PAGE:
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Representative Lee Terry of Nebraska broke away from the Republican mantra of “repeal and replace” yesterday, admitting that the GOP does actually have any plan to replace the Affordable Care Act.

Terry made the admission during an interview with Think Progress on Thursday morning, shortly before the Supreme Court ruling was released.

“The mantra for a while has been ‘repeal and replace.’ Is there an idea of what the replace would be yet?” reporter Scott Keyes asked Terry.

“No,” Terry replied. “We want to take it in a very deliberate, open approach and take everybody’s ideas.”

Think Progress has a transcript of the full exchange:

KEYES: If it does ultimately all get struck down, what do we do for 57 million people who have pre-existing conditions?
TERRY: We’re going to work on that. We’re going to do it by looking at first, how do we lower health care costs, how do we make the system more efficient and less costly.
KEYES: Are there any ideas on how to do that?
TERRY: There’s going to be lots of ideas. We just have to accept all of them.
KEYES: Do we have any yet?
TERRY: We’re going to hold hearings, we’re going to invite experts. This is not going to be a closed process at all. It’s going to be completely open where we take as many ideas for reform as we can get and then we’ll see what it takes to deal with those that need more attention if they have significant pre-existing. So we’re going to deal with all of those issues.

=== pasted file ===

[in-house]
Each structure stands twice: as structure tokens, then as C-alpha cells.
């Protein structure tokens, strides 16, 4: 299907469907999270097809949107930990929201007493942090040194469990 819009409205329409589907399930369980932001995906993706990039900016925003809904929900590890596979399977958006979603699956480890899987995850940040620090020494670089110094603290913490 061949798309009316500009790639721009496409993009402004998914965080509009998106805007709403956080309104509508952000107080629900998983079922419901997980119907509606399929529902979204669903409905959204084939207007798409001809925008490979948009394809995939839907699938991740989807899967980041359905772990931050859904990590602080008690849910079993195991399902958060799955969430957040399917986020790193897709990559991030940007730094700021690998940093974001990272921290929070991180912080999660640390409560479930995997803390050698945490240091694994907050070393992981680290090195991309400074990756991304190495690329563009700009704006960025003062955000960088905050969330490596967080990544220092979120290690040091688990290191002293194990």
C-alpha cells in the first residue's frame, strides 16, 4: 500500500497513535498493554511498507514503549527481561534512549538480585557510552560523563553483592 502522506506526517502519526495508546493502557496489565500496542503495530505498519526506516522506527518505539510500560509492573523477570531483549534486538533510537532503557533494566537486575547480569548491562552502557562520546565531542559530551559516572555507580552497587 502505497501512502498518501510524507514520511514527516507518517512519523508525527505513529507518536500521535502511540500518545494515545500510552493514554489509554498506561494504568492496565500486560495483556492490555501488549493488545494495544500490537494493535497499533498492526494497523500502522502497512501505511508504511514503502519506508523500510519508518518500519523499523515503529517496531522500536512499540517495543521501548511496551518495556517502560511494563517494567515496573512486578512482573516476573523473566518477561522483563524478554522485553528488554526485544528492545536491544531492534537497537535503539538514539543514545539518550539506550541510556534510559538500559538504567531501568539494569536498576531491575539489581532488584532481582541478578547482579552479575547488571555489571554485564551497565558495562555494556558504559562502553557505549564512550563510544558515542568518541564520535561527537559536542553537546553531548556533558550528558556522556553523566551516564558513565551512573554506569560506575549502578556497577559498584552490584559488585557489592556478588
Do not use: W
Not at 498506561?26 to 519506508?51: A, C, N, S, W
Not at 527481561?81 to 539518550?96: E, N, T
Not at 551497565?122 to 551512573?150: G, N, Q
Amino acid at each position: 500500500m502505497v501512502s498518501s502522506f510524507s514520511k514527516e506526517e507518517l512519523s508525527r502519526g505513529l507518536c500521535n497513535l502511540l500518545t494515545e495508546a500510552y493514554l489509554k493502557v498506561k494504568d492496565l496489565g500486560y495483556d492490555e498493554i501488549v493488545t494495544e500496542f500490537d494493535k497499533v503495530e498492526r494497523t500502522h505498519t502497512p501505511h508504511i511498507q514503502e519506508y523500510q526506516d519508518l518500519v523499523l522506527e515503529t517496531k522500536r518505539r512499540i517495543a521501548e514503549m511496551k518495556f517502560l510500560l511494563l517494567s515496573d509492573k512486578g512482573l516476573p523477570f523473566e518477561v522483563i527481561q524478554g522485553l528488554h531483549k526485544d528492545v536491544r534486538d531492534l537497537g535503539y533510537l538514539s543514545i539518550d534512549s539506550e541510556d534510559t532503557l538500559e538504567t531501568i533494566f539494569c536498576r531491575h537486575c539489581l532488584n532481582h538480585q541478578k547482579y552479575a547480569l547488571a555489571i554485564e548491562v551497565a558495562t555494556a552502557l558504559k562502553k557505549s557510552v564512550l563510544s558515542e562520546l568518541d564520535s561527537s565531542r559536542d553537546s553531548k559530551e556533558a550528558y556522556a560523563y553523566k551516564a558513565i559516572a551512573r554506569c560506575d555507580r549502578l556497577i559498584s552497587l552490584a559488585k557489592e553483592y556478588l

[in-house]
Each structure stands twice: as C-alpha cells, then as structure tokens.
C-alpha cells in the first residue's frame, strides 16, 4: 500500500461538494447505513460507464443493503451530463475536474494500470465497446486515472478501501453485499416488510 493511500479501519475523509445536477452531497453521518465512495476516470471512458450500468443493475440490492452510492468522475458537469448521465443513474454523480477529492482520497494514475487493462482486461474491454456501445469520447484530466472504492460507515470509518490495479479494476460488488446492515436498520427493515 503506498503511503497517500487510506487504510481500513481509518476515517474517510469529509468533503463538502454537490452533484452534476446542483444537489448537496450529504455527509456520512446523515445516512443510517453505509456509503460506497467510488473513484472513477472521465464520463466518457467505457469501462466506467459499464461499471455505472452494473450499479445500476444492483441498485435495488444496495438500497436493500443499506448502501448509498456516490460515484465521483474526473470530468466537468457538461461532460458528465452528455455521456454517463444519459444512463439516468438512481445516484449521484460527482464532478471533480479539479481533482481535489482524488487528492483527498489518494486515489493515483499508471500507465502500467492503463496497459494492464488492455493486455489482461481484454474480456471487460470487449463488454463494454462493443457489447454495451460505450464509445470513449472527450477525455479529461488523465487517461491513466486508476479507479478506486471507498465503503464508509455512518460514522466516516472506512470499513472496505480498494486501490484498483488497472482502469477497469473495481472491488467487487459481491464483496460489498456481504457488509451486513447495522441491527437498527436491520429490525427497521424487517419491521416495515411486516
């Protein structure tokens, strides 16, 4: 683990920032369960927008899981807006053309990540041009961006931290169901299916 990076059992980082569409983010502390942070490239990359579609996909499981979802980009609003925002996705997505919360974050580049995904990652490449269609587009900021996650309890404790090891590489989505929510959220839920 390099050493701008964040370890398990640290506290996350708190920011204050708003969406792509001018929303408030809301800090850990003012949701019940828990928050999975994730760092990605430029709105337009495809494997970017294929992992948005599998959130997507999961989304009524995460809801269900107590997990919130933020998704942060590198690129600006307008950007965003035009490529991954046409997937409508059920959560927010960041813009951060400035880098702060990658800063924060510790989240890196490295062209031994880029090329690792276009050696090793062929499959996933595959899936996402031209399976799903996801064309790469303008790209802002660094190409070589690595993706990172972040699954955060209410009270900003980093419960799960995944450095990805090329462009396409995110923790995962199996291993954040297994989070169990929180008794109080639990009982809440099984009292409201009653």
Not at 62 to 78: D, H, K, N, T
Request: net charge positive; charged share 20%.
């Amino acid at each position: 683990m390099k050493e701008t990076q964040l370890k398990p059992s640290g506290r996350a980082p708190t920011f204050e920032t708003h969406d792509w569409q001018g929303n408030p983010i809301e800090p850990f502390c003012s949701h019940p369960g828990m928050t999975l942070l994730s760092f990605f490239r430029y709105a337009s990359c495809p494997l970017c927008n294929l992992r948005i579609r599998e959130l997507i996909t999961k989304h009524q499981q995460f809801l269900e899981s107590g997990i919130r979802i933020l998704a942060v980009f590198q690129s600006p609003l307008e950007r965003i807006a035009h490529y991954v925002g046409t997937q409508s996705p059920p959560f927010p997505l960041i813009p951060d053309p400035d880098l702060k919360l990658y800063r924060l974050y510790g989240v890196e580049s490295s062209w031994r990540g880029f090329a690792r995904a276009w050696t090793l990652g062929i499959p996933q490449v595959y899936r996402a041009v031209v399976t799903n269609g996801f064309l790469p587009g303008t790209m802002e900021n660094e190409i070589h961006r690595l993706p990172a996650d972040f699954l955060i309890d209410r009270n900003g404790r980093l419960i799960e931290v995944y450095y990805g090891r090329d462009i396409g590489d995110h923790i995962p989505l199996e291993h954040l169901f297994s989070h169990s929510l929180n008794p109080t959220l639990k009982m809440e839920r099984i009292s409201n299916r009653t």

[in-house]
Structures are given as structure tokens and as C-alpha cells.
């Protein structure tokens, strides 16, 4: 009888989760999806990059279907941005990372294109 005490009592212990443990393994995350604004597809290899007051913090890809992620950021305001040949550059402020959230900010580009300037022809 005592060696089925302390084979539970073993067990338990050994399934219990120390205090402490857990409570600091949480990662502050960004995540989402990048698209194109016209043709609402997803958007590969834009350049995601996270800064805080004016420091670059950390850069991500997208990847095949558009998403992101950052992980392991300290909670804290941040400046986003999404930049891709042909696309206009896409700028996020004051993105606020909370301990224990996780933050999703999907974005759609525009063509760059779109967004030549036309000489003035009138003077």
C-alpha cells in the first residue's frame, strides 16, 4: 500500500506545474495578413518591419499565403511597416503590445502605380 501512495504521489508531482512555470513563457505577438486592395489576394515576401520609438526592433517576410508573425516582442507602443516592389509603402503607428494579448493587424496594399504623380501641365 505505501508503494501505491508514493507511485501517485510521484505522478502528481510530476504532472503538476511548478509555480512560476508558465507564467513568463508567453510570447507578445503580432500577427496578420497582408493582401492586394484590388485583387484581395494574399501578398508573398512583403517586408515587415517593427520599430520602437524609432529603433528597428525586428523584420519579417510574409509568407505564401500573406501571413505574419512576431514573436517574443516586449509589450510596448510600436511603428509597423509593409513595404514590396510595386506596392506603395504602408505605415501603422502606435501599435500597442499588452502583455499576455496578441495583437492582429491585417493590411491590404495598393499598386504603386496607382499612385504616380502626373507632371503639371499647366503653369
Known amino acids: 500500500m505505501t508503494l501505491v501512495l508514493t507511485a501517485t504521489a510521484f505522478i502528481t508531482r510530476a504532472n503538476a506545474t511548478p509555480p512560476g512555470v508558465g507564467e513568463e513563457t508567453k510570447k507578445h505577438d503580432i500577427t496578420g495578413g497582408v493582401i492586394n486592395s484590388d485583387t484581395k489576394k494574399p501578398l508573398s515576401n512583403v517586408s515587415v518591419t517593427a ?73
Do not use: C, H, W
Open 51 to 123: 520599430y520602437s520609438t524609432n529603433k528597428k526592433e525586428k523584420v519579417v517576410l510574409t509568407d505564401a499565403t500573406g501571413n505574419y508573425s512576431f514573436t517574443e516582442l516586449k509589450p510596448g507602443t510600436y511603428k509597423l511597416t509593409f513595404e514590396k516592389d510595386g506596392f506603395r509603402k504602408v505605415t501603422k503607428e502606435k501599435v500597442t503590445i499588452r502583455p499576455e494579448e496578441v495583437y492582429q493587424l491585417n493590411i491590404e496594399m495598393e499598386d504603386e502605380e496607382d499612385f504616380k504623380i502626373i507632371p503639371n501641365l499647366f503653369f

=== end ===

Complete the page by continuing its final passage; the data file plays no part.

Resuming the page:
KEYES: The mantra for a while has been “repeal and replace.” Is there an idea of what the replace would be yet?
TERRY: No. We want to take it in a very deliberate, open approach and take everybody’s ideas.

Terry is not the first Republican to admit that the GOP doesn’t have a plan to fix America’s health care system if President Obama’s reform is repealed. On Wednesday, Rush Limbaugh claimed that he received a call from House Speaker John Boehner which “made it clear that repeal — and not repeal and replace, but repeal — was going to be the focal point for the House Republicans.”

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Sen. Chuck Grassley

Reprinted with permission from DailyKos

Last year, Senate Republicans were already feeling so desperate about their upcoming midterm prospects that they rushed to wish Sen. Chuck Grassley of Iowa a speedy and full recovery from COVID-19 so that he could run for reelection in 2022. The power of incumbency is a huge advantage for any politician, and Republicans were clinging to the idea of sending Grassley—who will be 89 when the '22 general election rolls around—back to the upper chamber for another six-year term.

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